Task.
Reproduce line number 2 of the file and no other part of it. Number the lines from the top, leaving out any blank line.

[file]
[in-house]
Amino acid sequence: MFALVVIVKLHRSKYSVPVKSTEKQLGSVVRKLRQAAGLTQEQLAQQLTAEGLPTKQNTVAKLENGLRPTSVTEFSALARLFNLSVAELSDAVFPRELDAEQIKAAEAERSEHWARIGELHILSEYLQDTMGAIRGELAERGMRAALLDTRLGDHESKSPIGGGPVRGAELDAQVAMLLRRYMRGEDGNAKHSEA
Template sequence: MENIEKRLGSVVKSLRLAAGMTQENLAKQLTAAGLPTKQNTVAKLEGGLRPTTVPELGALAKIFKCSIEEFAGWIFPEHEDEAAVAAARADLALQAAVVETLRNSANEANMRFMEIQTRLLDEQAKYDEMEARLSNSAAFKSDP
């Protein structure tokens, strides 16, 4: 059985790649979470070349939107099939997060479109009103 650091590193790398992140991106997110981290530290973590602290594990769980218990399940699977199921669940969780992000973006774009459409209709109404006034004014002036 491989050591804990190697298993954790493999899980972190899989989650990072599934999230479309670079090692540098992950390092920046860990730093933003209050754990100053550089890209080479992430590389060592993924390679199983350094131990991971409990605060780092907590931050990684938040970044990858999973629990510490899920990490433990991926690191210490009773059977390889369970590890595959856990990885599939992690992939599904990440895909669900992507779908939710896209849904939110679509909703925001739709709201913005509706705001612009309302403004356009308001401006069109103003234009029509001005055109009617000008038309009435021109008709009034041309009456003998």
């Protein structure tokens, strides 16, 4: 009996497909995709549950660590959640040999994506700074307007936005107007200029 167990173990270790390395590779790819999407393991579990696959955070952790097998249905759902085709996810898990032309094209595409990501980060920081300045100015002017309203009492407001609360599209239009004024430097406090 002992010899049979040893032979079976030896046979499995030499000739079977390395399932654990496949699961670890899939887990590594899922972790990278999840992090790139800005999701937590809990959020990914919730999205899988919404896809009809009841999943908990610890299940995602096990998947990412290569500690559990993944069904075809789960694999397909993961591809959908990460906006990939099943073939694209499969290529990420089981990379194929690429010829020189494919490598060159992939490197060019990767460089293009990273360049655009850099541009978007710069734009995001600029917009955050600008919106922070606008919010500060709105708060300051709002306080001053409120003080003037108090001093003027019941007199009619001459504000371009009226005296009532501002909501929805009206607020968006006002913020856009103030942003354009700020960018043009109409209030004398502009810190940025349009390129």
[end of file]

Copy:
Amino acid sequence: MFALVVIVKLHRSKYSVPVKSTEKQLGSVVRKLRQAAGLTQEQLAQQLTAEGLPTKQNTVAKLENGLRPTSVTEFSALARLFNLSVAELSDAVFPRELDAEQIKAAEAERSEHWARIGELHILSEYLQDTMGAIRGELAERGMRAALLDTRLGDHESKSPIGGGPVRGAELDAQVAMLLRRYMRGEDGNAKHSEA